* Thousands gather as Queen re-opens long-closed museum
* Rembrandt's famed "The Night Watch" keeps its former place
Thousands of people gathered outside Amsterdam's Rijksmuseum, home to Rembrandt van Rijn's "The Night Watch" and other Dutch masterpieces, as Queen Beatrix declared the national museum open on Saturday after a decade-long renovation.
There were cheers and fireworks as the 75-year-old Queen, making one of her last official appearances before her abdication, turned a golden key and officially opened the renovated building before a crowd estimated by the museum at 10,000.
Rembrandt's huge masterpiece, showing Amsterdam's civic guard setting off on a march, is the only painting in the collection to have been restored to its original place.
"I am really proud it will open again. It is such a beautiful building," said Marry Straathof, 58, a big fan of the famous Rembrandt. "It really belongs there, at that spot. It has beautiful colours."
The huge painting is approached along a Gallery of Honour hung with works such as Johannes Vermeer's "Woman Reading a Letter" and "The Merry Drinker" by Frans Hals.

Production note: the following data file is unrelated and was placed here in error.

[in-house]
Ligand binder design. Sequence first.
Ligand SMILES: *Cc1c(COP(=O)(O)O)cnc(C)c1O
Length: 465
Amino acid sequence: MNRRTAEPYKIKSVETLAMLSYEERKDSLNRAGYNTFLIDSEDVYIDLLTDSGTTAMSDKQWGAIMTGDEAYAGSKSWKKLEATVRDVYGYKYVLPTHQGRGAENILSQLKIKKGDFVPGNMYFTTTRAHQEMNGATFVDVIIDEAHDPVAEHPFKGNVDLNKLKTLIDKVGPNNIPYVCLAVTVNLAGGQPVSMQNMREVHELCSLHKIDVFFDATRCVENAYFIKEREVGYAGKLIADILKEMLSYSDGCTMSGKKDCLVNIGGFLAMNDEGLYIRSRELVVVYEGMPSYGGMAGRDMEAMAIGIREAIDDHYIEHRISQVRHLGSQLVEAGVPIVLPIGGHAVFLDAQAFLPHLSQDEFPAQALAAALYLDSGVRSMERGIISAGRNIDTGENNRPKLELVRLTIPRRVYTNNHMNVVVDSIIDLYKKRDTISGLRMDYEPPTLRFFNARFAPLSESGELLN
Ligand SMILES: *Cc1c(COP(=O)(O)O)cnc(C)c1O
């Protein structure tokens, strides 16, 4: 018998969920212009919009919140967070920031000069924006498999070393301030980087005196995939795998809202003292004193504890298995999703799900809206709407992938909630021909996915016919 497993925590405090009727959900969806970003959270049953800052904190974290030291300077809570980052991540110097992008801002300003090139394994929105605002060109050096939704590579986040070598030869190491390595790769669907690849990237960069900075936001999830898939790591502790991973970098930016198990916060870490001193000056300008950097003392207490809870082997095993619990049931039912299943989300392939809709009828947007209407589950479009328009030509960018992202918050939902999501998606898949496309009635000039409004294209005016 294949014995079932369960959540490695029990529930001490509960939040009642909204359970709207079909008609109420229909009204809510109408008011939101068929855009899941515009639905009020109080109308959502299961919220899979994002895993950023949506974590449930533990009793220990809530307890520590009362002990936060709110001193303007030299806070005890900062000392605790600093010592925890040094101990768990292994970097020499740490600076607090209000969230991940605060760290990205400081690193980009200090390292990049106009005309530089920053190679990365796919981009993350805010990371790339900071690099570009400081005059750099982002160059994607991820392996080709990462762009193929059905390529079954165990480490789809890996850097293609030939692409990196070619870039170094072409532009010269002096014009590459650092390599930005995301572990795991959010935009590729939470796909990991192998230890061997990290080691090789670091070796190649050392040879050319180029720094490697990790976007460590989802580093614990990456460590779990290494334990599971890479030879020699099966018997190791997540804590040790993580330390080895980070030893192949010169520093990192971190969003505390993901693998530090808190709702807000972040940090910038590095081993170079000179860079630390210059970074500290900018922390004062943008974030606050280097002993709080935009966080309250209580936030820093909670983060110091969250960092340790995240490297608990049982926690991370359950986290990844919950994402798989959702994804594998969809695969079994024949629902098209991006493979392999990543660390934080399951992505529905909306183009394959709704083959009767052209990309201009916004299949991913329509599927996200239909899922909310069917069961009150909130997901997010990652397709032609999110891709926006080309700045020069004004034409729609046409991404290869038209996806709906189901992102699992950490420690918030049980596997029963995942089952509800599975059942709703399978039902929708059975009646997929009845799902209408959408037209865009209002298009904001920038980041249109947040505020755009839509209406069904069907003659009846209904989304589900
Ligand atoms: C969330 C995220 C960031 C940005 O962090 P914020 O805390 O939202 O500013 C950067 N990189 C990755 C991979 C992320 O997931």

Many of the prize pieces in the collection of 8,000 works have been re-displayed in a broader context, with related paintings, furniture, silver and ceramics arranged in close proximity to each other as part of the museum's new layout.
The renovation of the museum, which is a showcase for the Netherlands' art, its rich history as a naval power and society of merchants, has received rave reviews in the Dutch and international media in recent weeks.
More than 75,000 tickets have been sold, Dutch media reported, and museum staff expected as many as 30,000 visitors on Saturday when the museum reopened. General Director Wim Pijbes has said his ambition is for all Dutch children to see "The Night Watch".
The museum's overhaul took far longer than expected and overshot original estimates, costing 375 million euro ($491 million) as the architects had to incorporate an existing bicycle path in the museum's design and ensure that the spaces below sea-level were in no danger of flooding.